In case you're unfamiliar with clipless pedals, they incorporate a spring-loaded mechanism which engages a cleat that's attached to the underside of the rider's shoe. This keeps the feet attached to the pedals, allowing the cyclist to both push and pull on the pedals throughout each crankset revolution, as opposed to just pushing down on them.
With most clipless systems, the shoe can be disengaged from the pedal by twisting the foot and moving it outwards. In the odd situation, however – perhaps for some riders more than others – this can't be properly done, so the cyclist ends up falling down onto the road.
That happened to the father of Australian cyclist Bryn Friedmann, resulting in a broken wrist. The incident also resulted in Bryn inventing Cleat It.
Currently on Kickstarter, the system incorporates special cleats which are compatible with third-party cycling shoes and Shimano clipless road pedals (a Look-compatible version may also be offered). The cleats pop into the pedal mechanism in the usual way, and can be released with the traditional outward twist, in situations where there's plenty of time to "unclip."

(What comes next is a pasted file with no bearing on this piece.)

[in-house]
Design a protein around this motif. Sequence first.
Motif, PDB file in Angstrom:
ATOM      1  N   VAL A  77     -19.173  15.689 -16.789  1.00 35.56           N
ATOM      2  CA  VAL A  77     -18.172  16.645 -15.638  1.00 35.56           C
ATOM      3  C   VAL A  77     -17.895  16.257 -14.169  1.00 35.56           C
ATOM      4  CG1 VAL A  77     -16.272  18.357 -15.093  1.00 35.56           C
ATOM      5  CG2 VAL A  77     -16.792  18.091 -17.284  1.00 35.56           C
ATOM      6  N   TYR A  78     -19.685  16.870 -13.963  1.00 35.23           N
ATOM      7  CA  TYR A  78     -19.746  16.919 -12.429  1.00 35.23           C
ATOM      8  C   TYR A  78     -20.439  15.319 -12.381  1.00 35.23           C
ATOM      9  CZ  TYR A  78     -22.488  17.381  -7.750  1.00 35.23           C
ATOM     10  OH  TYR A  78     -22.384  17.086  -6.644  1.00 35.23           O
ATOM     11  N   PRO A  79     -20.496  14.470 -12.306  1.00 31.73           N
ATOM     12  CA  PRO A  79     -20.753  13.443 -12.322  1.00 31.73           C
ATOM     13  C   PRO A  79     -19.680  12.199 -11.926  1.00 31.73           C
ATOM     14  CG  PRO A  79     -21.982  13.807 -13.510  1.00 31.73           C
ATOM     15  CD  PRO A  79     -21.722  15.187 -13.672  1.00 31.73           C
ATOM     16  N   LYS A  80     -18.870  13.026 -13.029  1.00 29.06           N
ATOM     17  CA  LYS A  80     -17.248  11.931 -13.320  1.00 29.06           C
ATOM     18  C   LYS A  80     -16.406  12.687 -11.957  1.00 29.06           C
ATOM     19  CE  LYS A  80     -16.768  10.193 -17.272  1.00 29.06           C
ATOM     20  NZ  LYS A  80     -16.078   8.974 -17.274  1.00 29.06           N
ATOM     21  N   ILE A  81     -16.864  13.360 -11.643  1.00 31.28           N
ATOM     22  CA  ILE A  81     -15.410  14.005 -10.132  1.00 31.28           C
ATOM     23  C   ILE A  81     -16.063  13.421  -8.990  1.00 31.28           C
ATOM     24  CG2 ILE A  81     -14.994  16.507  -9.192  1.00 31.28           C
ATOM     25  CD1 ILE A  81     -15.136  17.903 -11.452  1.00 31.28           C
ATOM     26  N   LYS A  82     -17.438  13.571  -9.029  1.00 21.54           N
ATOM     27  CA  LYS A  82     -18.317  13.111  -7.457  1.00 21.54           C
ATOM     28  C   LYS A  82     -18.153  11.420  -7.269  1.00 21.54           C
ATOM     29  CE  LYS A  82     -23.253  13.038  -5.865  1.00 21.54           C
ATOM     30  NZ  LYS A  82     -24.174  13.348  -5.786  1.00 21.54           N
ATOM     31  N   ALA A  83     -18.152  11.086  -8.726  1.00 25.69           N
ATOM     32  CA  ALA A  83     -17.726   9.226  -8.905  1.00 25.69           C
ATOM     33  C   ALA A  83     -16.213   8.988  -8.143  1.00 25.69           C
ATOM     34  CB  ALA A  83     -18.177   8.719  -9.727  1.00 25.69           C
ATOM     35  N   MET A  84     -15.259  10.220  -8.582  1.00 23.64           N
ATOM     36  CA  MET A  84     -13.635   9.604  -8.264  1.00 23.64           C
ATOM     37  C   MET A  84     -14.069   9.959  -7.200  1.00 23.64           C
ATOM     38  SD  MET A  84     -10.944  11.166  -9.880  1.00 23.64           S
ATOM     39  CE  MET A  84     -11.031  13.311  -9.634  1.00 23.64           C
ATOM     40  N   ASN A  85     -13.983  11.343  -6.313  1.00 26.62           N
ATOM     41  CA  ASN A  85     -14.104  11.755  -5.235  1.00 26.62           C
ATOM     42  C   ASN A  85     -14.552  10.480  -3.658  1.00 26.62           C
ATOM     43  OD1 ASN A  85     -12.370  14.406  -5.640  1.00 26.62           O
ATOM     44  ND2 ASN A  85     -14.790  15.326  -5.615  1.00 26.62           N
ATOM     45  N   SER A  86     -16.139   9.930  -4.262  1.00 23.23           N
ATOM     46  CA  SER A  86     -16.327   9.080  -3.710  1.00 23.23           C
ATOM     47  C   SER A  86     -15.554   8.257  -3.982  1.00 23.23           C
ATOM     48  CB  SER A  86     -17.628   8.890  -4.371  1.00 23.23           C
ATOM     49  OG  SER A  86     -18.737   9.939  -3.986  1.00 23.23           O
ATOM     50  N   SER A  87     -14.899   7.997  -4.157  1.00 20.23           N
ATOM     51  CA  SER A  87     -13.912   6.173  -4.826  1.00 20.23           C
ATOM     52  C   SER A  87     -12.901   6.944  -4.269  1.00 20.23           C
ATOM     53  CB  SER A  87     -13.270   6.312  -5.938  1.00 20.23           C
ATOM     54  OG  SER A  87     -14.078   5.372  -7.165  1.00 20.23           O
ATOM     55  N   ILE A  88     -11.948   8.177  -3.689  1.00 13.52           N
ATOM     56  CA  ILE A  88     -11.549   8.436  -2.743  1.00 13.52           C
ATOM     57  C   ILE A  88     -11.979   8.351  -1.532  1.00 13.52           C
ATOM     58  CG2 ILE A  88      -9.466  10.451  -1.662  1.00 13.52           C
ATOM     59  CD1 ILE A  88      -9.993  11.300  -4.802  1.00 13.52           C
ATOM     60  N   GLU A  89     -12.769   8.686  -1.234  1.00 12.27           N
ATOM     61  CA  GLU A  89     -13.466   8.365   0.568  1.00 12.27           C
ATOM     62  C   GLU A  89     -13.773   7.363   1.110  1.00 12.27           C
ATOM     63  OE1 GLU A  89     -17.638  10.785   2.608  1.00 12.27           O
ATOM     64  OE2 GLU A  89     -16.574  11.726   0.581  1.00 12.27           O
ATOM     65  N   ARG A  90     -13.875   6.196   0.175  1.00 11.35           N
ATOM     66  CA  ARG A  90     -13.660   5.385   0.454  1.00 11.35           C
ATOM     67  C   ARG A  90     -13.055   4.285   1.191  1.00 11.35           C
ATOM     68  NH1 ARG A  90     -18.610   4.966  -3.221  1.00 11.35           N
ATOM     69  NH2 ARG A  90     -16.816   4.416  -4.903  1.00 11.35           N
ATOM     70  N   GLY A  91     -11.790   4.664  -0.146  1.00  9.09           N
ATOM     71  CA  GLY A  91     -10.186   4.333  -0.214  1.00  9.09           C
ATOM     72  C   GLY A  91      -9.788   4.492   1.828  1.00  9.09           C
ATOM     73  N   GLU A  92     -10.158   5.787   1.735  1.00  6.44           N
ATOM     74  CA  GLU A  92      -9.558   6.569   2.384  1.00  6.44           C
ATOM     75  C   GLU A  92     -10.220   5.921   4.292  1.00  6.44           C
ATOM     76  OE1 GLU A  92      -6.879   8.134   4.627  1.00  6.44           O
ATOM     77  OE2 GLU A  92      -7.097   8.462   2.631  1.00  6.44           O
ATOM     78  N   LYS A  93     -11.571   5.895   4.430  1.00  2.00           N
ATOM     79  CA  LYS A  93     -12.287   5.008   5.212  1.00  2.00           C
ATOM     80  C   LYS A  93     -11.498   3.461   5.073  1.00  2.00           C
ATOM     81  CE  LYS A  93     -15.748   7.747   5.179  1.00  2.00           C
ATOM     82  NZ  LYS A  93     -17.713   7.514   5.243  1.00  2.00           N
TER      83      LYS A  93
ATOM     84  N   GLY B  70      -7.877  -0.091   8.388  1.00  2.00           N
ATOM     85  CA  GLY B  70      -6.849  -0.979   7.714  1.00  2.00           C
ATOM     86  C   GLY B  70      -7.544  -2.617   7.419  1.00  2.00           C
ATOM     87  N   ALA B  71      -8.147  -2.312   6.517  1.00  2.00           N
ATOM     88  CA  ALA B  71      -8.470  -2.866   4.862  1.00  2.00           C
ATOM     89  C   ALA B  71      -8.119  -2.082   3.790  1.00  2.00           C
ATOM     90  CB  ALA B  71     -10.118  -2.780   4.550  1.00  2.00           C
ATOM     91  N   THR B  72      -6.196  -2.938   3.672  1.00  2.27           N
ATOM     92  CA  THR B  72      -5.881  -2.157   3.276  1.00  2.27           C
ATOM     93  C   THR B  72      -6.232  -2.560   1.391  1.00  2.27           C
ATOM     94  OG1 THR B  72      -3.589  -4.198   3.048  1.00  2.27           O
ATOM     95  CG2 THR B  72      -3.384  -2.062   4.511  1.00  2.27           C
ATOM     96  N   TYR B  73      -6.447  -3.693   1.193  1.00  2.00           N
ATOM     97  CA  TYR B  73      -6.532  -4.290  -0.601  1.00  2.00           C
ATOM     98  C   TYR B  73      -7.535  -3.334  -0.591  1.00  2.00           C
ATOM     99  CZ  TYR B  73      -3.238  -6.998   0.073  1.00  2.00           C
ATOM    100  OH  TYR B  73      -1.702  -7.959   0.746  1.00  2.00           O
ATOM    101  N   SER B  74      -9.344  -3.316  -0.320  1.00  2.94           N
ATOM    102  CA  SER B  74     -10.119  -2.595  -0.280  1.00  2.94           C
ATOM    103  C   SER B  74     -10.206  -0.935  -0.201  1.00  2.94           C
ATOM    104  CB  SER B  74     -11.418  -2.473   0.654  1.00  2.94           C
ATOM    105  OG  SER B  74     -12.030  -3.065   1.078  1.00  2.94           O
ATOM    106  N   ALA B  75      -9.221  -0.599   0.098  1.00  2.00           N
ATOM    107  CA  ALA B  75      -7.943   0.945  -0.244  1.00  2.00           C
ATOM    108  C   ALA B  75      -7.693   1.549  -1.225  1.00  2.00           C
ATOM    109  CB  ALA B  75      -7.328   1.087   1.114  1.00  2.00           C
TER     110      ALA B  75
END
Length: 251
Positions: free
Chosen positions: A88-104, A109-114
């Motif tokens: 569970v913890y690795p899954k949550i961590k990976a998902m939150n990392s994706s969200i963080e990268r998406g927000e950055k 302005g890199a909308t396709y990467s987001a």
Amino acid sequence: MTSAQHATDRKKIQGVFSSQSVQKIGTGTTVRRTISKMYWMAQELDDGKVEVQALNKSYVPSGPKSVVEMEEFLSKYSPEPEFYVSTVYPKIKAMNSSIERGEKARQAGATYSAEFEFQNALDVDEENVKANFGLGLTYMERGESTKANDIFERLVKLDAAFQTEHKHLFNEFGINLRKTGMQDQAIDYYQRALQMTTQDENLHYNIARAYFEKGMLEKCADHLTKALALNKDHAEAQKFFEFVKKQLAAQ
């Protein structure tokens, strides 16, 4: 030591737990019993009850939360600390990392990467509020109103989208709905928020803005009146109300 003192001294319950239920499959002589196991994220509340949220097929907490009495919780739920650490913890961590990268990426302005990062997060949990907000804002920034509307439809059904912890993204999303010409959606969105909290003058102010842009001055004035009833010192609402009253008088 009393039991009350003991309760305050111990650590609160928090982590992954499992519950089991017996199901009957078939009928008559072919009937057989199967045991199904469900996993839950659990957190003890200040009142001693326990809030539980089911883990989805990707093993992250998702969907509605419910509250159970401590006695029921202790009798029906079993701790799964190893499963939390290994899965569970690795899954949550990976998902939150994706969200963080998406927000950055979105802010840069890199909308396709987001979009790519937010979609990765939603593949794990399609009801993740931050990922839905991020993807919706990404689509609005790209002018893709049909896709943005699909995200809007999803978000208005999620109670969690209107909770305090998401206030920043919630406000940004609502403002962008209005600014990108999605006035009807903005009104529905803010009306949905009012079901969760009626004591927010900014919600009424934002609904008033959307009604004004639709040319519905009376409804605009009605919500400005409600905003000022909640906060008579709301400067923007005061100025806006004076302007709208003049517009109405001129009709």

Additionally, however, pressing a wireless handlebar-mounted button temporarily powers up an electromagnet in each cleat, causing a retaining arm within the cleat to retract. This allows a hinged plate inside the cleat to open, which in turn lets the rider simply lift their foot straight up off the pedal.
The idea is that users will push the button whenever they anticipate having to suddenly stop, such as when approaching intersections. It should be noted that they'll still be able to pedal even when the retaining arm is retracted – as long as they don't try to pull up on the pedals – plus the electromagnet will proceed to shut off on its own, reengaging the cleat.
Should you be interested in getting a Cleat It system of your own, a pledge of AU$110 (about US$78) is required. Assuming it reaches production, the setup should retail for AU$180 (US$128).
According to newatlas.com